REVIEW

REVIEW

Fire Emblem Warriors: Three Hopes

August 3, 2022

GOOD

  • Spending time with old friends
  • Seeing your old character as a potent rival

BAD

  • Missions lack in variety
  • Time limits make some missions feel rushed

GOOD

GOOD

FEWTH happily let’s you spend more time with your friends in Fodlan, although some might miss the stately strategy being replaced with brutish hack and slash. Still, there is enough here to keep you collecting friends and going on picnics with them.

I don’t think I have ever given a Musou game a good try before. The idea of cutting down hundreds of enemies that pose absolutely no threat just doesn’t sound satisfying to me. In the past, there were occasions when if I worked to turn normal enemies into chaff in a game I would enjoy it, but only for a moment before going on with something more meaningful. But when I was offered another chance with my favourite children at the Officers Academy of Fódlan, I took the bait…

Tre: A familiar start…

Fire Emblem Warriors Three Hopes starts off just like the previous FE game, Fire Emblem Three Houses. You wake up in a forest, hopelessly lost, with a voice in your head. You bump into three young officers running from bandits, who just happen to be nobles and the heads of the three respective houses at Garret Mach. You join them while trying to find a specific village in this neck of the woods, but end up embroiled in the affairs of the school, taking the place of a certain teacher that didn’t pitch up.

I loved the idea of seeing the character do different things, and now seeing your old character as an enemy due to a few select choices.

Shortly after this point, more differences occur between this game and the other. Early on a time skip occurs, ageing everyone two years and changing their appearances and outfits a bit. Unlike the previous game, the children are still by-and-by children, but with nicer armour and a little campaign experience under their belts.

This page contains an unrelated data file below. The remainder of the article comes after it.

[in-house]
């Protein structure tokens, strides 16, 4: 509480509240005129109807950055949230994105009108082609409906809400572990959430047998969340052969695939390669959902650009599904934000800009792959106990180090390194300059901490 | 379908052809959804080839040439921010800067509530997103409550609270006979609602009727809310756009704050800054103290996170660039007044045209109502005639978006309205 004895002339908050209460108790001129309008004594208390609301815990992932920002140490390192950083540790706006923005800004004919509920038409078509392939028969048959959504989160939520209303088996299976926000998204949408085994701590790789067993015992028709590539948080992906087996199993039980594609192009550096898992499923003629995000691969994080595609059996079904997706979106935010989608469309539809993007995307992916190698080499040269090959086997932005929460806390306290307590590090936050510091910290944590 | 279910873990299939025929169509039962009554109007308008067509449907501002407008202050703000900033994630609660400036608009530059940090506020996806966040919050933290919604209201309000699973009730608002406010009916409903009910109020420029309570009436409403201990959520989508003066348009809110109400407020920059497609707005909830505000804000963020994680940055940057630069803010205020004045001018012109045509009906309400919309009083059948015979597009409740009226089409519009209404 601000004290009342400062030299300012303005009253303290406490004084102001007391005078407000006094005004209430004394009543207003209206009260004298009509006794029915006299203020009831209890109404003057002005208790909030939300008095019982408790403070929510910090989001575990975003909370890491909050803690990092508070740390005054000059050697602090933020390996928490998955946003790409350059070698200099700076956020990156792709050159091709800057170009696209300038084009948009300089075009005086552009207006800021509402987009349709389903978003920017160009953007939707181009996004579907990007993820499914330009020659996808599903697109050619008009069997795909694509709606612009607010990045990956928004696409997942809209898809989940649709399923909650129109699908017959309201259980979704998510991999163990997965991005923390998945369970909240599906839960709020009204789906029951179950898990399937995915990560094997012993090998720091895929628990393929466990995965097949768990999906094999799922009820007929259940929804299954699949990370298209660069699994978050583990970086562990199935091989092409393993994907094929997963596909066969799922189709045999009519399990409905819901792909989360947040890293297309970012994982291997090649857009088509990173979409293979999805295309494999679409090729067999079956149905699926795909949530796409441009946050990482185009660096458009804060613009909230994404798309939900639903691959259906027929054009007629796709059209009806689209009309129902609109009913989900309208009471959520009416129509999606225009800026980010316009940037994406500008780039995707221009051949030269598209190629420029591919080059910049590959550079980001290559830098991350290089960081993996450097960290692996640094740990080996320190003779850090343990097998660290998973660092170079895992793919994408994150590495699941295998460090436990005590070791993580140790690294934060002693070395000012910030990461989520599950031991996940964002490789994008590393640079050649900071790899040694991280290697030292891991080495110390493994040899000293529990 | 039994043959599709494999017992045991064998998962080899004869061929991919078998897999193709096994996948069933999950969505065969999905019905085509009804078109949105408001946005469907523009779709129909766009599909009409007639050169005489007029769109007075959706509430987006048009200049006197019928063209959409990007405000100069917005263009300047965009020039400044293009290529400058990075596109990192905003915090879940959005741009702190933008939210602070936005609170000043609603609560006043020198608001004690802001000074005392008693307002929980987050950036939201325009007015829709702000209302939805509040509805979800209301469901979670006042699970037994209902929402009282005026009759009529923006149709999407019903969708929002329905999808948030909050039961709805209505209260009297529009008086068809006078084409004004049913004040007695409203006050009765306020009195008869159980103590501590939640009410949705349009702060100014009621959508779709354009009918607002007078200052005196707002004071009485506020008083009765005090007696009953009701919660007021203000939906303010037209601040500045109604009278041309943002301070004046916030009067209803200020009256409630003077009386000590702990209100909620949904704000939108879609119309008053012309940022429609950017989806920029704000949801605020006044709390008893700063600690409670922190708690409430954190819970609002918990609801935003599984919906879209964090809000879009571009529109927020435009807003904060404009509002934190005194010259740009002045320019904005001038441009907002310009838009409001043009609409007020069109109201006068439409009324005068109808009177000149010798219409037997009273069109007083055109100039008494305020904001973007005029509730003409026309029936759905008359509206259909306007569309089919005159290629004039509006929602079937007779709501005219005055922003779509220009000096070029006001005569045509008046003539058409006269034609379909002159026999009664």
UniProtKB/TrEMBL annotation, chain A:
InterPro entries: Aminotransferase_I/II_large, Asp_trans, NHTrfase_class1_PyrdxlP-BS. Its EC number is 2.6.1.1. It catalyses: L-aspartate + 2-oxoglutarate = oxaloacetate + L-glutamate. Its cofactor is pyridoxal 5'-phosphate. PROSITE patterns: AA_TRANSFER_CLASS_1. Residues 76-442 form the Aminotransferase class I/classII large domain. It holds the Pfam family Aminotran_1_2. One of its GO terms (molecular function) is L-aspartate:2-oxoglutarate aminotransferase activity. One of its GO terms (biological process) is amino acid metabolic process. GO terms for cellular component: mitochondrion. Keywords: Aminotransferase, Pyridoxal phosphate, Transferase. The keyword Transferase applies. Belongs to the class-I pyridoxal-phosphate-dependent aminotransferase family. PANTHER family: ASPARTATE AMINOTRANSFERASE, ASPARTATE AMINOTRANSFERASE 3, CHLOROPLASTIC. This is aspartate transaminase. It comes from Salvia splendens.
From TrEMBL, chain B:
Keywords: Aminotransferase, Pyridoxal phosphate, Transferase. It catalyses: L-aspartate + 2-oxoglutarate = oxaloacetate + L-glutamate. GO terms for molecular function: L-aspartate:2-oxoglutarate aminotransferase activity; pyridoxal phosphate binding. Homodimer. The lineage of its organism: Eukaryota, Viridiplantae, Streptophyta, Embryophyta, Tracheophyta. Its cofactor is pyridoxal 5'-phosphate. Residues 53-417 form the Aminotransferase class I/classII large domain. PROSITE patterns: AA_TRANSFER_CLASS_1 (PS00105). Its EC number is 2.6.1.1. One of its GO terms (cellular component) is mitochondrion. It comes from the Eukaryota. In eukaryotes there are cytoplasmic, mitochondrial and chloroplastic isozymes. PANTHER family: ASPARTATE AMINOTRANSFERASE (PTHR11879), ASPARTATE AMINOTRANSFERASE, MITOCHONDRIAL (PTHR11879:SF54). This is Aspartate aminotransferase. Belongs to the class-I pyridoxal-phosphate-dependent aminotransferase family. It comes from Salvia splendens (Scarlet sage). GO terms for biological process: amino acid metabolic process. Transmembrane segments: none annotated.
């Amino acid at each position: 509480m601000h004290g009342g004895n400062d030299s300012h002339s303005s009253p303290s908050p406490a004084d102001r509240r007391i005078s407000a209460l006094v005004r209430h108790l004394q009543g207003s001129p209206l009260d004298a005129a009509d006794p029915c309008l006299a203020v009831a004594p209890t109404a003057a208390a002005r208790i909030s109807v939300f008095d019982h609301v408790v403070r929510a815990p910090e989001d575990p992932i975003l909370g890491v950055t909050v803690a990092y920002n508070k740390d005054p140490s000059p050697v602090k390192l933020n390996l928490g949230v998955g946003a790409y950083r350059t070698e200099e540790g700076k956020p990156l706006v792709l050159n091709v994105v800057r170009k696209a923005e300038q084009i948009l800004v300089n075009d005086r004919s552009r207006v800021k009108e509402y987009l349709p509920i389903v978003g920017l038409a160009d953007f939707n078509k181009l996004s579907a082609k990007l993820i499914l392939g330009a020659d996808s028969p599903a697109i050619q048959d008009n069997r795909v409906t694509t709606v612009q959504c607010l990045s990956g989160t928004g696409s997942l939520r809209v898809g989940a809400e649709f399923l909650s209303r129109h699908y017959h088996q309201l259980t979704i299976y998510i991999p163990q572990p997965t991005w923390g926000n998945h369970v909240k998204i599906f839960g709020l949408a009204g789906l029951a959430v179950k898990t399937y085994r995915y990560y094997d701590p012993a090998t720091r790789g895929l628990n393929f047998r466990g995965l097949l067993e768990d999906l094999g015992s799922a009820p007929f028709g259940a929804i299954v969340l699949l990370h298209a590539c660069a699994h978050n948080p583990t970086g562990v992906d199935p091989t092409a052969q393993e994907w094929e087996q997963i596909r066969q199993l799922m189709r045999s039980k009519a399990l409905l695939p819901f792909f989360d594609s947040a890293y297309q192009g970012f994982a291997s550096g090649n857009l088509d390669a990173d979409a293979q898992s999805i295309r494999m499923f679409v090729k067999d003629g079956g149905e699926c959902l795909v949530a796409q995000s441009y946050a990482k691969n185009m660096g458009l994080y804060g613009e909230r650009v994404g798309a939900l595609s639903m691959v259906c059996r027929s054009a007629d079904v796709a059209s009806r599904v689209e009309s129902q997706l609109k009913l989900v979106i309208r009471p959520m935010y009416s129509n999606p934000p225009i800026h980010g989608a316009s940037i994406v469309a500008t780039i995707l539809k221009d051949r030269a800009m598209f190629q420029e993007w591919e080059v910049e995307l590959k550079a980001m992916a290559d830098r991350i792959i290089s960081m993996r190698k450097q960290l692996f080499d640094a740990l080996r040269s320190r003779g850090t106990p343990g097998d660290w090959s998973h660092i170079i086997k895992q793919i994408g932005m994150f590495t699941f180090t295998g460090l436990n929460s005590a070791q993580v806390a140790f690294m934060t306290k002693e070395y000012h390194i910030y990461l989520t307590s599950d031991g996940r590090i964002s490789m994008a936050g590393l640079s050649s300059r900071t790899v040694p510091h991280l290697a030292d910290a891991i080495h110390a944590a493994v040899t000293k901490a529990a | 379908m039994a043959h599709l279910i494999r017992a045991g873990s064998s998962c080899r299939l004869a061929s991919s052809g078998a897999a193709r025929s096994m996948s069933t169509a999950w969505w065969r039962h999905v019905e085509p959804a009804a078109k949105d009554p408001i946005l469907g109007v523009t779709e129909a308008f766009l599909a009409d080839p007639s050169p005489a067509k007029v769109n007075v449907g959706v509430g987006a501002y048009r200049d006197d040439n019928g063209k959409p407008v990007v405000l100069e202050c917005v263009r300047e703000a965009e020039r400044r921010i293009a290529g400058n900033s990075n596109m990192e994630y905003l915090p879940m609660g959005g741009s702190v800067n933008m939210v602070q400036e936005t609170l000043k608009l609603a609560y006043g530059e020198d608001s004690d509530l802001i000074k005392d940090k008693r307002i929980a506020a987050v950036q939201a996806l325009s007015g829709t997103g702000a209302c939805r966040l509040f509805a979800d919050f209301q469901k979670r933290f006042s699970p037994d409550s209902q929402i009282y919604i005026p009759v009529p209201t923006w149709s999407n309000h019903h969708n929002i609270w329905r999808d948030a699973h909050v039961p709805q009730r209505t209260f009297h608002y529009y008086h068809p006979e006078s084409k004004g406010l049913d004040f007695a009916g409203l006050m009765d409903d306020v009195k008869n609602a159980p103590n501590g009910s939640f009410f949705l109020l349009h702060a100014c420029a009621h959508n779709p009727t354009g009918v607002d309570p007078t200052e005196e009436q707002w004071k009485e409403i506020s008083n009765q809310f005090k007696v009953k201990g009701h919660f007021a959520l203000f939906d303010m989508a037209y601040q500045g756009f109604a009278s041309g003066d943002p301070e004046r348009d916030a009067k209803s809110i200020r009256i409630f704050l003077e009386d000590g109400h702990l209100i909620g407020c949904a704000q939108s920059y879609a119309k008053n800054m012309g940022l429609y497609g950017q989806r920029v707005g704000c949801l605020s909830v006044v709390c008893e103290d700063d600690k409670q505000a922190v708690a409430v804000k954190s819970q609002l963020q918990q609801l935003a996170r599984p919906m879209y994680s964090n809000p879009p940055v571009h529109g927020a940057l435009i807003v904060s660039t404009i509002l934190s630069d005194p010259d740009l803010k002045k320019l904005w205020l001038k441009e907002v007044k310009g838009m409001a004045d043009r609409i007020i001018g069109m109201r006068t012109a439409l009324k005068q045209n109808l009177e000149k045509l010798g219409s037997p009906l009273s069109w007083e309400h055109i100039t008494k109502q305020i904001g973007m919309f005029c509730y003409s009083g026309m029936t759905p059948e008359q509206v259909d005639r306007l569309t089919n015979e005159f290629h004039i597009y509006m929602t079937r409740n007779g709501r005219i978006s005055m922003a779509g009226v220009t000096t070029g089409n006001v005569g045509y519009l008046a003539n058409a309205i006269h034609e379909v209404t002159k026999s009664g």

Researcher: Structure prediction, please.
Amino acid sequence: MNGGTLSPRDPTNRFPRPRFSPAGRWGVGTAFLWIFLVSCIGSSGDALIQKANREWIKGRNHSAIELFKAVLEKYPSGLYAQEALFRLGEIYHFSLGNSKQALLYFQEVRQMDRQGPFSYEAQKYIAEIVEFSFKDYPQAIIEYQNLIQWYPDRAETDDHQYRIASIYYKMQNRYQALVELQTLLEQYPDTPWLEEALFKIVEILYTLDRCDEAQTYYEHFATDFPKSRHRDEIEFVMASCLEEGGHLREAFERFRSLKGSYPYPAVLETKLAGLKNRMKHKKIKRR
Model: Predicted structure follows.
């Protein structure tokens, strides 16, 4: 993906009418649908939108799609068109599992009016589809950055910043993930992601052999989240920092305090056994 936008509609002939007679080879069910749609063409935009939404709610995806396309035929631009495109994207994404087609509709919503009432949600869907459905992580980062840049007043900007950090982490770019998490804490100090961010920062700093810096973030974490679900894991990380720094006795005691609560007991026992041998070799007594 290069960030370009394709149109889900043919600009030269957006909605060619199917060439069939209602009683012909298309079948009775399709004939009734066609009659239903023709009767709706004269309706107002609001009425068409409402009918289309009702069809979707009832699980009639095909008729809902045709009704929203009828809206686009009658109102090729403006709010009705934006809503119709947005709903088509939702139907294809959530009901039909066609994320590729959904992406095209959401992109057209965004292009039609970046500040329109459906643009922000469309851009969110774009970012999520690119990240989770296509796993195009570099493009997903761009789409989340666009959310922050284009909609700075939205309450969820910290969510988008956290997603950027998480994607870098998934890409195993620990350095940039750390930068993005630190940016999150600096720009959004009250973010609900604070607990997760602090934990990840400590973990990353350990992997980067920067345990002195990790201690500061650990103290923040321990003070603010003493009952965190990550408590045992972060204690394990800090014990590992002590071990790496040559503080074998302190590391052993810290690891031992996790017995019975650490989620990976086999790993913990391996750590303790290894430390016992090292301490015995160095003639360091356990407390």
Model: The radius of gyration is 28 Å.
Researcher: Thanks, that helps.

Your character, Shez, takes the place of Byleth from the previous FE game, but Byleth is still around. They stay with Jeralt’s mercenary group, striking fear into anyone unlucky enough to stand in their way. Now known as the Ashen Demon, Byleth is a significant thorn in your side, often derailing the plans and progress of you and your chosen house. After building Byleth into an absolute powerhouse in FE, it was interesting to be on the receiving end of that power. Strongholds fall in lightning succession if present on the battlefield, forcing your strategies to change. I loved the idea of seeing the character do different things, and now seeing your old character as an enemy due to a few select choices.

I was very chuffed with how much Fire Emblem DNA is present here.

Tres: Same, but different…

I was very chuffed with how much Fire Emblem DNA is present here. I was worried that the game would put most of the focus on the battles, but the real meat of the game is in your war camp. Every chapter of the war campaign gives you training and activity points, giving you time to do chores with your friends, take them on expeditions, or cook meals for your favourites, improving your bonds with them. I went with the Black Eagles again, keen to spend more time with Edelgard, Hubert and the rest of the crew. At times I felt like I was retreading the same path, getting characters to open up about their desires and issues, but it was rewarding, all the same, to see their relationships grow with Shez as well as each other.